Ld Nclusion - η-rules and codata
Long time no see! This is a continuation of the cold introduction series. I'm sorry for the moronic title -- it's actually the co- version of "cold introduction", I've first fliiped "introduction" to "conclusion", and have taken away the "co-" prefix of "cold" and "conclusion", so it becomes "ld nclusion".
Why do I use such title? Well, because this time I wanna talk about codata and coinduction. So, basic knowledge on copatterns and productivity checking (guardedness) and Agda coinduction will be assumed. Links are pointed to the version v2.6.1 of the documentation.
Recall the previous post, we have introduced the composition operation. It's complicated, right? ;-)
Fortunately, this time we won't need these complicated operations. We won't need any SVG pictures either, because you've got enough of them (and should be able to draw them by yourself), and I've got enough with inkscape's shitty display on hi-dpi screens!
So, recall the proof of function extensionality:
Why does this proof type-check? Well, during type-checking, Agda first obtain the expression
λ i a -> p a i, which is of a path type, and checks the following equalities:
So, to some extent, we're checking the convertibility between
λ a -> f a (and similarly for
g), and we accepted it by η-rule. To sum up, we can obtain some extensionality proof with path type simply by introducing new paths, and return something convertible to the LHS when applied
i0, and similarly for
i1. So, after introducing an interval pattern
i (the new path), we return a new lambda that satisfies the path constraints. Apart from that, we also need very minor η-rules.
So, what about other types, whose extensionality also don't hold definitionally in MLTT (we can't prove almost any extensionality in MLTT if they're not definitional)? Can we do them in CTT? Like, some coinductive types that doesn't have definitional η-rules? Like the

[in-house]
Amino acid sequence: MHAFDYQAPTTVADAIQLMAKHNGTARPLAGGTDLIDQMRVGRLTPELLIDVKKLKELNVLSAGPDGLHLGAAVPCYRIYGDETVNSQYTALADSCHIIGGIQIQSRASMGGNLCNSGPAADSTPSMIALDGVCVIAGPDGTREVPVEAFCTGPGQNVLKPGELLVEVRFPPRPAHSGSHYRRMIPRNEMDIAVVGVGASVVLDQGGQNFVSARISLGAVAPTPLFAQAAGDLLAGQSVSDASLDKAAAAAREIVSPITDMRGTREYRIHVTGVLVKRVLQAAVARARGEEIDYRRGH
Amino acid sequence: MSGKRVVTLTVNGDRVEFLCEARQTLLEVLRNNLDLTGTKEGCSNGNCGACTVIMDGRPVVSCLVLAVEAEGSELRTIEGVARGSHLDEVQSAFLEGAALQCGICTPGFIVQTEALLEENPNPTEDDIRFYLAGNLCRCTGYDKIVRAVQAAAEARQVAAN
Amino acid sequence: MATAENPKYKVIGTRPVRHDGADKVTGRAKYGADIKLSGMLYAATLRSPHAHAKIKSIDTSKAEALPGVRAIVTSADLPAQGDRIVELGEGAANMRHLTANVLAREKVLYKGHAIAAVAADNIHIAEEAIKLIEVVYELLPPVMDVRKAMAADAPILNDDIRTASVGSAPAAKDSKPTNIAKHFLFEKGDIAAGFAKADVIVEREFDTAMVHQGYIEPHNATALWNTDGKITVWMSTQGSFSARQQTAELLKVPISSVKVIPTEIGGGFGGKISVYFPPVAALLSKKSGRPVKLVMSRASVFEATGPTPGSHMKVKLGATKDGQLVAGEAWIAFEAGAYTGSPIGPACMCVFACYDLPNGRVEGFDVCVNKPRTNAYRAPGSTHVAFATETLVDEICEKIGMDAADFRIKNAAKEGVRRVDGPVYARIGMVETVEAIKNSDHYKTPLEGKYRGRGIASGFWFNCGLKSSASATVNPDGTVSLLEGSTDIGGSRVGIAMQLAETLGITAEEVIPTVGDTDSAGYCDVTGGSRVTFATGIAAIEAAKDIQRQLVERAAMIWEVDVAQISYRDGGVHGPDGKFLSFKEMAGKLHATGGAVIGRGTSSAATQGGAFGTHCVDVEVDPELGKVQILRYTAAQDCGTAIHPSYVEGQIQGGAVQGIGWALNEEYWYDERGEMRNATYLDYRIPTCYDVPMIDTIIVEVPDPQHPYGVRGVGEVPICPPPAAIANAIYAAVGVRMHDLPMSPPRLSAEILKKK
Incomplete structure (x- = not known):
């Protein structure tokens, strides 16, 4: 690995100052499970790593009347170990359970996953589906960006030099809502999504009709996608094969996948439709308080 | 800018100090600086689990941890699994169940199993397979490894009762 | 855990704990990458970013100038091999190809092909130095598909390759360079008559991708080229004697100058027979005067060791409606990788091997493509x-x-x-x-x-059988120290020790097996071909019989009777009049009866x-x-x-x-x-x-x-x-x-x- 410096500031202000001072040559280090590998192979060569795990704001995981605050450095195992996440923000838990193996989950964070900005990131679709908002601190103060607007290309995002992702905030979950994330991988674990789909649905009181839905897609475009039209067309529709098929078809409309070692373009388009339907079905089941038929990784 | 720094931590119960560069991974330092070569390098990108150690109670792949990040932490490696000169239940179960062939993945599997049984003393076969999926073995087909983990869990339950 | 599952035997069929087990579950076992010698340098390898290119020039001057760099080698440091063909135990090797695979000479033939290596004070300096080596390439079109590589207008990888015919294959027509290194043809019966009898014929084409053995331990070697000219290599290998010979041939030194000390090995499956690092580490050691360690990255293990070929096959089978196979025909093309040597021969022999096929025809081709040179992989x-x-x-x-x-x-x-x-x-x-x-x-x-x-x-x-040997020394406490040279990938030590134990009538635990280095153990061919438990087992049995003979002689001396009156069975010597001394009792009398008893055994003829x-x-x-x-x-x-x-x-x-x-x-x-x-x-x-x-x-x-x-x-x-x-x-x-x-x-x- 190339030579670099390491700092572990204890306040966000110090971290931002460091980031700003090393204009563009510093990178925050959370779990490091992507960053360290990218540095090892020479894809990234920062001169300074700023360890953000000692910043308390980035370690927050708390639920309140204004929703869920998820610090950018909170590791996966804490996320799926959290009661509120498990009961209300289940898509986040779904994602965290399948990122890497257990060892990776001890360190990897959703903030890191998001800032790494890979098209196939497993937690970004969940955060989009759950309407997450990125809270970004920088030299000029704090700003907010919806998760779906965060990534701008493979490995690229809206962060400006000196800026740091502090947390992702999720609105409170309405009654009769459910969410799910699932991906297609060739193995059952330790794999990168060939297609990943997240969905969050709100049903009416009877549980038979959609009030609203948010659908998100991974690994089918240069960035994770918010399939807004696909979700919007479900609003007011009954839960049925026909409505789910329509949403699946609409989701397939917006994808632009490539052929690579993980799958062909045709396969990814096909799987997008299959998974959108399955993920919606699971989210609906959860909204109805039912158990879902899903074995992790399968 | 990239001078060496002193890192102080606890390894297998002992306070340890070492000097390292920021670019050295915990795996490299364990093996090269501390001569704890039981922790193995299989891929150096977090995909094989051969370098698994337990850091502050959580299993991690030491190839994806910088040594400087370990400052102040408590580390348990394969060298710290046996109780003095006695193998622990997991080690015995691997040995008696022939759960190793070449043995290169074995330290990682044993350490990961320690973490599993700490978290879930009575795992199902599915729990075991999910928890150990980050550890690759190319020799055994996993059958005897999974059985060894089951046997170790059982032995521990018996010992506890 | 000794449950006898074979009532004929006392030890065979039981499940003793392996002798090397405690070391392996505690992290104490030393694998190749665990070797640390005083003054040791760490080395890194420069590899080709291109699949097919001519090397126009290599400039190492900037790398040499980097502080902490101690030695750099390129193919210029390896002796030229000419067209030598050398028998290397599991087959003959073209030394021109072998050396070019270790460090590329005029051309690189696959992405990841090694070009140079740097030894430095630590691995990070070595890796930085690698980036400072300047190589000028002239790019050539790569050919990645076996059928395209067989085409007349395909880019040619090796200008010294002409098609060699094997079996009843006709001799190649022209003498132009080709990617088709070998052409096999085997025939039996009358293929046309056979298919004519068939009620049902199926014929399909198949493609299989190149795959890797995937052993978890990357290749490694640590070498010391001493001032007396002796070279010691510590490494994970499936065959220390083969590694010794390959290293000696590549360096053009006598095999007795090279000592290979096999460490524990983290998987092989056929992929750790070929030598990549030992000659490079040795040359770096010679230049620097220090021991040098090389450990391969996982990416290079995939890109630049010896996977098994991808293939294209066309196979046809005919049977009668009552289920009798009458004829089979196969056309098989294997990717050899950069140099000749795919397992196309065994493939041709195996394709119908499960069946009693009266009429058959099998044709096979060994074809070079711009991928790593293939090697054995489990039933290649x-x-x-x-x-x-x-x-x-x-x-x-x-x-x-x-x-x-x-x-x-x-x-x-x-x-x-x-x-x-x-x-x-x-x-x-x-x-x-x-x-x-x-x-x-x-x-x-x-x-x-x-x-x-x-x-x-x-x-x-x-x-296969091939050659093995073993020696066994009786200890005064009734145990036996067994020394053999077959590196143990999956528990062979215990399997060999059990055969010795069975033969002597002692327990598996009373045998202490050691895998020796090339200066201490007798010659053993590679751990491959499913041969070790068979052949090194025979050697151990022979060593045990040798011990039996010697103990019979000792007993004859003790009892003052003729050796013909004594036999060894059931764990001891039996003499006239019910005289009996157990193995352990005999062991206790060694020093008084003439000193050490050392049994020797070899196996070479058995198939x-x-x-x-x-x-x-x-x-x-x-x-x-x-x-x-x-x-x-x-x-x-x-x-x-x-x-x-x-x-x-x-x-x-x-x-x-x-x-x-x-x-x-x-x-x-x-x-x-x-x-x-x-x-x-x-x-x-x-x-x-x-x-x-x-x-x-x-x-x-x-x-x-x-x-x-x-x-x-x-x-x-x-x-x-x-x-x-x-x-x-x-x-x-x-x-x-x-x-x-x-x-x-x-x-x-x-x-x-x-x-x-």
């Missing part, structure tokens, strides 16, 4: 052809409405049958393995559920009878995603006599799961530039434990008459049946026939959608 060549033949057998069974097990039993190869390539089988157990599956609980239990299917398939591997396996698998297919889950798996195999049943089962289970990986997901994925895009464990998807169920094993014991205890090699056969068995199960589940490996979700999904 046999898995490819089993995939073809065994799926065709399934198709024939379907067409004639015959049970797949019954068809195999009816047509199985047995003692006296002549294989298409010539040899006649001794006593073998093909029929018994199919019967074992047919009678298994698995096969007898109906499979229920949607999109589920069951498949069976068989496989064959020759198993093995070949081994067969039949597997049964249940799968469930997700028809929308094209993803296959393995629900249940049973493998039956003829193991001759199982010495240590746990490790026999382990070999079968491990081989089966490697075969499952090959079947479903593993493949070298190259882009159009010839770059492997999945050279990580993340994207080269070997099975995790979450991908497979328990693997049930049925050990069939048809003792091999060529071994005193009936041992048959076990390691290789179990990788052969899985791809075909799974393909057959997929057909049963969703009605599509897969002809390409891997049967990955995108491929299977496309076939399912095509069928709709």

Since this post assumes background on coinductive types, I'd assume the understanding of the definition of
Stream as well. Question: can we do this (the
λ where is for introducing anonymous codata, and I prefer the postfix version of projection syntax because the scope checker works better with them than the prefix ones)?
So, the simplest proof
λ a -> refl won't type-check because
streamη is equivalent to the absent definitional η-rule of coinductive types. So, like
funExt that introduces the lambda after the interval pattern, we also introduce the copattern matching after the interval pattern.
So, Agda checks that the term after the interval pattern:
When unfolded by
.head, the both sides reduce to
When unfolded by
.tail, the both sides reduce to
And they hold, of course. We can obtain the extensionality of
Stream in a similar way:
By the similar technique, we can define a function taking the even-indexed elements and odd-indexed elements, and prove that merging these two streams gives you the same stream back:
We can finally have coinduction-proof-principle (CPP) in our type theory, proved as a theorem. The proof is here:
isoToPath, we can prove
Stream A ≡ (Nat -> A):
An early note on the syntax and semantics of
Stream and cubical agda can be found in this PDF.
Streams, we can also play with coinductive natural numbers, where you can define infinity:
The definition of
Conat is a bit weird because it's essentially a sum type, unlike most codata that are record types. When defining functions or proving theorems over
Conat, we need to do define a mutually-recursive pair of functions (or theorems), including a
Conat' version of it and a
We can prove the basic fact about infinity, where it's successor is equivalent to itself:
The type-checking of this definition is the same as of
Then, with a proper definition of
We can prove that for any conatural number
n, adding it to infinity gives you infinity as well:
This, includes infinity itself:
We can also prove
∞ + ∞ ≡ ∞ by a copattern matching directly:
More interesting properties can be found on github, where the bisimilarity is defined, CPP is proved, and the homotopy-level of
Conat was proved.
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